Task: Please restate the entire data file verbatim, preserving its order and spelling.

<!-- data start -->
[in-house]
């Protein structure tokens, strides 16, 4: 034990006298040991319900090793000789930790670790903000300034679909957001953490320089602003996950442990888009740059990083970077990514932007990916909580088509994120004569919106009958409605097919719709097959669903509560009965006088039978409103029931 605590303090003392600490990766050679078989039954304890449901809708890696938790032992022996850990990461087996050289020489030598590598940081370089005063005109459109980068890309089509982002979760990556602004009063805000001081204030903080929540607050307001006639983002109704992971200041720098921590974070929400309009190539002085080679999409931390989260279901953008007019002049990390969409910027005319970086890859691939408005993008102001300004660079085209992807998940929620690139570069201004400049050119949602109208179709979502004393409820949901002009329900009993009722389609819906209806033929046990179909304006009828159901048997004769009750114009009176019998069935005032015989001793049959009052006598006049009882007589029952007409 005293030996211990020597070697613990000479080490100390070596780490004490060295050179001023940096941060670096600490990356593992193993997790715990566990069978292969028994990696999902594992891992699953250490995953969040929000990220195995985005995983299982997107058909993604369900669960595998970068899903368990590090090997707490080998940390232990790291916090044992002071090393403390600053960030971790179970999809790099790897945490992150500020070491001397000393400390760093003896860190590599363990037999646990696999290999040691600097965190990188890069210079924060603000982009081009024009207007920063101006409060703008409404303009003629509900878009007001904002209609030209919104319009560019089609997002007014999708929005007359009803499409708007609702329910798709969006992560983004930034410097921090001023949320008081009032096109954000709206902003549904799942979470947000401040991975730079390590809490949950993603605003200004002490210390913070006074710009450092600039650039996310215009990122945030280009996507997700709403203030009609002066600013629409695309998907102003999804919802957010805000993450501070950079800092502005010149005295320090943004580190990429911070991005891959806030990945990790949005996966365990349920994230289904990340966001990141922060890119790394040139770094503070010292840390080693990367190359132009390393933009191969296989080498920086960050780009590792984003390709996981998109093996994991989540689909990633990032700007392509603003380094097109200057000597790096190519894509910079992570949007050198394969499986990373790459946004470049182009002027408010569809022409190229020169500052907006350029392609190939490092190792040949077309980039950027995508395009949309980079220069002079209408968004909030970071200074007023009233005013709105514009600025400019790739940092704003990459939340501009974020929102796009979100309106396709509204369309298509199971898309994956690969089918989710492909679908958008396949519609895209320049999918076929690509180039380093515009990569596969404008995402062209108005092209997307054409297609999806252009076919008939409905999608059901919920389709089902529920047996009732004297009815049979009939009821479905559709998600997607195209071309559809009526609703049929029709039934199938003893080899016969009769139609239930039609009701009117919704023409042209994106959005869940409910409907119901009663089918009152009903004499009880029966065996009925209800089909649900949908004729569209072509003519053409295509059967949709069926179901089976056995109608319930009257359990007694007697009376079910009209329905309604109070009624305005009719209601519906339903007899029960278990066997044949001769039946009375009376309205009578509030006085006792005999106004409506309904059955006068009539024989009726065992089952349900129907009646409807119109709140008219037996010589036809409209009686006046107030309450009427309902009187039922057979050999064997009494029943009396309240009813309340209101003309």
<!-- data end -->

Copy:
[in-house]
């Protein structure tokens, strides 16, 4: 034990006298040991319900090793000789930790670790903000300034679909957001953490320089602003996950442990888009740059990083970077990514932007990916909580088509994120004569919106009958409605097919719709097959669903509560009965006088039978409103029931 605590303090003392600490990766050679078989039954304890449901809708890696938790032992022996850990990461087996050289020489030598590598940081370089005063005109459109980068890309089509982002979760990556602004009063805000001081204030903080929540607050307001006639983002109704992971200041720098921590974070929400309009190539002085080679999409931390989260279901953008007019002049990390969409910027005319970086890859691939408005993008102001300004660079085209992807998940929620690139570069201004400049050119949602109208179709979502004393409820949901002009329900009993009722389609819906209806033929046990179909304006009828159901048997004769009750114009009176019998069935005032015989001793049959009052006598006049009882007589029952007409 005293030996211990020597070697613990000479080490100390070596780490004490060295050179001023940096941060670096600490990356593992193993997790715990566990069978292969028994990696999902594992891992699953250490995953969040929000990220195995985005995983299982997107058909993604369900669960595998970068899903368990590090090997707490080998940390232990790291916090044992002071090393403390600053960030971790179970999809790099790897945490992150500020070491001397000393400390760093003896860190590599363990037999646990696999290999040691600097965190990188890069210079924060603000982009081009024009207007920063101006409060703008409404303009003629509900878009007001904002209609030209919104319009560019089609997002007014999708929005007359009803499409708007609702329910798709969006992560983004930034410097921090001023949320008081009032096109954000709206902003549904799942979470947000401040991975730079390590809490949950993603605003200004002490210390913070006074710009450092600039650039996310215009990122945030280009996507997700709403203030009609002066600013629409695309998907102003999804919802957010805000993450501070950079800092502005010149005295320090943004580190990429911070991005891959806030990945990790949005996966365990349920994230289904990340966001990141922060890119790394040139770094503070010292840390080693990367190359132009390393933009191969296989080498920086960050780009590792984003390709996981998109093996994991989540689909990633990032700007392509603003380094097109200057000597790096190519894509910079992570949007050198394969499986990373790459946004470049182009002027408010569809022409190229020169500052907006350029392609190939490092190792040949077309980039950027995508395009949309980079220069002079209408968004909030970071200074007023009233005013709105514009600025400019790739940092704003990459939340501009974020929102796009979100309106396709509204369309298509199971898309994956690969089918989710492909679908958008396949519609895209320049999918076929690509180039380093515009990569596969404008995402062209108005092209997307054409297609999806252009076919008939409905999608059901919920389709089902529920047996009732004297009815049979009939009821479905559709998600997607195209071309559809009526609703049929029709039934199938003893080899016969009769139609239930039609009701009117919704023409042209994106959005869940409910409907119901009663089918009152009903004499009880029966065996009925209800089909649900949908004729569209072509003519053409295509059967949709069926179901089976056995109608319930009257359990007694007697009376079910009209329905309604109070009624305005009719209601519906339903007899029960278990066997044949001769039946009375009376309205009578509030006085006792005999106004409506309904059955006068009539024989009726065992089952349900129907009646409807119109709140008219037996010589036809409209009686006046107030309450009427309902009187039922057979050999064997009494029943009396309240009813309340209101003309």